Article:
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Ask Sue
A Weekly Q&A Column About Professionalism, Etiquette and Problems in the Workplace
by Sue Morem

Email Snooping

Dear Sue: A few weeks ago as I was getting ready to leave work early for a doctor’s appointment one day when I received an email that had to be down loaded. I asked my coworker if she would help me out and she graciously accepted the chore.

Apparently while my coworker was downloading the file, she did some snooping and read some of the other e-mails on my computer. She found an e-mail I wrote my husband that had some negative comments about her in it. She shared the e-mail with others at work and I heard about it from someone.

I would never talk to anyone at work about her and I try to not hurt other people’s feelings. I had no idea she would read it and never intended her to. I feel bad she read it, but I am angry she went through my e-mail and invaded my privacy.

I confessed to my boss about it because I didn't want her find out from my nosey coworker. She seemed fine and basically told me not to worry about it. I learned a valuable lesson and know now not to write personal e-mails at work any more. I will forgive and forget and not mention it to her because I don't want to cause problems for the person who told me about it, but I am not sure if I am handling it the right way. How am I supposed to deal with a nosey, gossiping coworker?

- Invaded

Sue Says: Your coworker was wrong to go through your e-mail, but she is not the only one—your coworkers should have said something or try to stop her from distributing it.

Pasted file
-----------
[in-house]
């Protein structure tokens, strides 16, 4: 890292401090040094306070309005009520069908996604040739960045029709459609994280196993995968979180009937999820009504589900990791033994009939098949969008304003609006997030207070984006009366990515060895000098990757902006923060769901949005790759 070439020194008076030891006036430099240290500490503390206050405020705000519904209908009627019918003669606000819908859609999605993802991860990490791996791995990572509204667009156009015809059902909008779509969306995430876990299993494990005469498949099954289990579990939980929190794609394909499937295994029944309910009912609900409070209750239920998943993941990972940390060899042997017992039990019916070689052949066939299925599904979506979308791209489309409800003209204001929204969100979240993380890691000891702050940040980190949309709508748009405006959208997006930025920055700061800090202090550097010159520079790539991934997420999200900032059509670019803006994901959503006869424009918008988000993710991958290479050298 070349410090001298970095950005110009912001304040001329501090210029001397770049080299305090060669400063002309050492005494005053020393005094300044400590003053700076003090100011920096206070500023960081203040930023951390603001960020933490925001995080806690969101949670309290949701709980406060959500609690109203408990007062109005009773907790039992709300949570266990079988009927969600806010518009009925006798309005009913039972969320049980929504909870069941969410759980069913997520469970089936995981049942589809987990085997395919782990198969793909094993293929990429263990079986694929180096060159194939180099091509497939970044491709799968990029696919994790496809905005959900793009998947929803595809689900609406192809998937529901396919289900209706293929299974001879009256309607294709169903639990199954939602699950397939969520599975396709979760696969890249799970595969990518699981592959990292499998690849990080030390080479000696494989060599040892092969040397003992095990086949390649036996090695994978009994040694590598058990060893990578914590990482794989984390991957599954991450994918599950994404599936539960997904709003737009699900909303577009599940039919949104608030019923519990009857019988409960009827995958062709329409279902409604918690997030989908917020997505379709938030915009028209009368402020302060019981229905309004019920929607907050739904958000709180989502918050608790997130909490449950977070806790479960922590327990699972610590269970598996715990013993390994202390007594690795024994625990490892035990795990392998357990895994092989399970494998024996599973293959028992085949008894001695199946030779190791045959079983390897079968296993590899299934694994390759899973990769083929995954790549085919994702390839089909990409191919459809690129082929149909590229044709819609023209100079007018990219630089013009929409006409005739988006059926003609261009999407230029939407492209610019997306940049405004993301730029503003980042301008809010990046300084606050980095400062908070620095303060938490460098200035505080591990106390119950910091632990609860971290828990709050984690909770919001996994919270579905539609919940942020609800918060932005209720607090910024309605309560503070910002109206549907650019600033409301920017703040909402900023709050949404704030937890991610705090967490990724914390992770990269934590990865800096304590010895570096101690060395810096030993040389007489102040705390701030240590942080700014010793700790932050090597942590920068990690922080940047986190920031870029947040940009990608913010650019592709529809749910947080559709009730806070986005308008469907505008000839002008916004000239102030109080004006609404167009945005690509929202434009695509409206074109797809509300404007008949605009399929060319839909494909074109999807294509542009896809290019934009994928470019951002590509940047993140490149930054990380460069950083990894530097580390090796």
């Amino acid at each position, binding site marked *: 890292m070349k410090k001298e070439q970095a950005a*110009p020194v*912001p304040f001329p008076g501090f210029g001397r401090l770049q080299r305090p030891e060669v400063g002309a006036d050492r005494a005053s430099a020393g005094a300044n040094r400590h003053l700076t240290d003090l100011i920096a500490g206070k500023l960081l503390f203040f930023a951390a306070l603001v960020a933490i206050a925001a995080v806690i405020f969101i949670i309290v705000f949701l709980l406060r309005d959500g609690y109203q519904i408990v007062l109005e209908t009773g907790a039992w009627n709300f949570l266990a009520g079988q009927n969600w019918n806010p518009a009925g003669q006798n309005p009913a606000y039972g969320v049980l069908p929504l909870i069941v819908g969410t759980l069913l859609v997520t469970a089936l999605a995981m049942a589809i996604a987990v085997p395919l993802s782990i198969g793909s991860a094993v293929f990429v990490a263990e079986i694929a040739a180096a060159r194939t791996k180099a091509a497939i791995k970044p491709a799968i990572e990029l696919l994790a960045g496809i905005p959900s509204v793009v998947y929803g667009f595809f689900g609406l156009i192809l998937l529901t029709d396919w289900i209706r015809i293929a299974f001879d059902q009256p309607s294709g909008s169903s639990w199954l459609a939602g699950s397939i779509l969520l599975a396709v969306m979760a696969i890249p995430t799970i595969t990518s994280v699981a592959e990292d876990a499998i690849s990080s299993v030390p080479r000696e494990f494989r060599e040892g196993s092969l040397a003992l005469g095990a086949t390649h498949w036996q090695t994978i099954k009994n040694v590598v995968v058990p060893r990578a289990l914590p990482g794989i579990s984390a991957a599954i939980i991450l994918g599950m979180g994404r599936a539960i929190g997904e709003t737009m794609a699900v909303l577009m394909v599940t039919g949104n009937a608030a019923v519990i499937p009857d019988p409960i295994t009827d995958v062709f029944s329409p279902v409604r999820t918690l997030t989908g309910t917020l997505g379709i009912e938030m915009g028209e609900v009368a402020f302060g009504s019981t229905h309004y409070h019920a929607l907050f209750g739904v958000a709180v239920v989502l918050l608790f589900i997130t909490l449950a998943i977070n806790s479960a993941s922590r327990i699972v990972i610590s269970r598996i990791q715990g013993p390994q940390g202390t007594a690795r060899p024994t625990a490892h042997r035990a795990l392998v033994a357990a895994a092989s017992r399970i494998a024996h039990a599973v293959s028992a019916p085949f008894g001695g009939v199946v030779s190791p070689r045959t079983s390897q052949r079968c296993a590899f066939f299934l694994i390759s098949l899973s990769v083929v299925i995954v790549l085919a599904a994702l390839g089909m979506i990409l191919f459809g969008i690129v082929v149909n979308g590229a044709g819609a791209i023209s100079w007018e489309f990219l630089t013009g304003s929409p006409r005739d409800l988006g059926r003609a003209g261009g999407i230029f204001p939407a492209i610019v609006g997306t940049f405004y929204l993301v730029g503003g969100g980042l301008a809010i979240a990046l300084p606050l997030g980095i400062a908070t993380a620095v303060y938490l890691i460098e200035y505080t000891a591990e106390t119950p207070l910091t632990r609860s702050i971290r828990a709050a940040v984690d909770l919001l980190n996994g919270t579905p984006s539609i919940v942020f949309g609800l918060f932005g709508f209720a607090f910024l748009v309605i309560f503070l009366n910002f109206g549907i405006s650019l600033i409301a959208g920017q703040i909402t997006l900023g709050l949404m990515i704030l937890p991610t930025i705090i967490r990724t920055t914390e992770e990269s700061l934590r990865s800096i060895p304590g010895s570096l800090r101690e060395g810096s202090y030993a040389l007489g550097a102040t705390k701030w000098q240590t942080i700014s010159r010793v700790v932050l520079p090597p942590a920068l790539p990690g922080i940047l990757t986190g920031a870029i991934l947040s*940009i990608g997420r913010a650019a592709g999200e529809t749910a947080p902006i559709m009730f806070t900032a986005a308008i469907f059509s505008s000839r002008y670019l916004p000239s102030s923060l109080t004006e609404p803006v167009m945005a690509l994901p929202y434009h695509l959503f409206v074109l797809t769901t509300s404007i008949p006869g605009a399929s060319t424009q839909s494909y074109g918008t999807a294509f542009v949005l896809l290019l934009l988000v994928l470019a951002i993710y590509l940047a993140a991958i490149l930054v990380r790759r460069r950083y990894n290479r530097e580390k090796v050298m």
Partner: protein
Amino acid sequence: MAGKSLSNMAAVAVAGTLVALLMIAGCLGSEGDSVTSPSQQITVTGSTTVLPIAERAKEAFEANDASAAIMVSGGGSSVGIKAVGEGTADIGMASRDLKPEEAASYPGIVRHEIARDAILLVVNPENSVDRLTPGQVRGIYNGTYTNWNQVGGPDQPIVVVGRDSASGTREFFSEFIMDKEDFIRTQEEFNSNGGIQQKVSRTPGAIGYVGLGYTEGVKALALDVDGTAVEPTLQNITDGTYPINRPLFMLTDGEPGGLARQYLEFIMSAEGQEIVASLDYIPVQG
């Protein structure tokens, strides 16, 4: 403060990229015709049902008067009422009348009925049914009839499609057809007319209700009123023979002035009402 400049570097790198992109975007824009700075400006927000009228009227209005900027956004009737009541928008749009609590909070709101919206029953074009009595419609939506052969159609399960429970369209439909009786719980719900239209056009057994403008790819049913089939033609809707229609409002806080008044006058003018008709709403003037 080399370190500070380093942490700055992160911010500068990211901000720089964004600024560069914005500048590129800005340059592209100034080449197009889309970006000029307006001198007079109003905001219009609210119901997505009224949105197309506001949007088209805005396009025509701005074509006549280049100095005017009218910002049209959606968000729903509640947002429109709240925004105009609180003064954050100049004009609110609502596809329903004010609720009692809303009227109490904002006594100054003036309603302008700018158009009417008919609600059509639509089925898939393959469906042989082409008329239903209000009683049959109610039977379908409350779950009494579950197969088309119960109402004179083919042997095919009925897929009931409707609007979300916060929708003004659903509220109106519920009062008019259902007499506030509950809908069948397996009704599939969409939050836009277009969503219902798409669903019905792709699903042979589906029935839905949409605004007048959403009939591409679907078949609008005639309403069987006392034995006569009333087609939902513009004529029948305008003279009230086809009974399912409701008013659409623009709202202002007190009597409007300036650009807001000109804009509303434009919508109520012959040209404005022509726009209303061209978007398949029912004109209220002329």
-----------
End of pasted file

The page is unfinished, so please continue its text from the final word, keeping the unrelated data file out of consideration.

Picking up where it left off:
Keeping silent is your choice, but you have every right to say something to her, and might feel better if you do. You don’t have to tell her who told you—you can simply say you heard about it without naming anyone. Your boss and others know, so it isn’t a secret, and people do tend to talk. Besides, she is responsible for what she did, not the person who told you.

You can tell her what you told me, and if you want you can explain the reason for writing about her to your husband. It will help if you tell her you didn’t intend to hurt her and were just letting off steam--you chose to write your husband instead of involving others at work. After all, you thought you were sending a confidential e-mail.

You learned a valuable lesson, and are smart to be cautious and aware of anything you send in an e-mail from work. It’s a good reminder for all of us.

Sue Morem is a professional speaker, trainer and syndicated columnist. She is author of the newly released 101 Tips for Graduates and How to Gain the Professional Edge, Second Edition. You can contact her by email at or visit her web site at

Send Sue your questions by clicking here: Ask Sue
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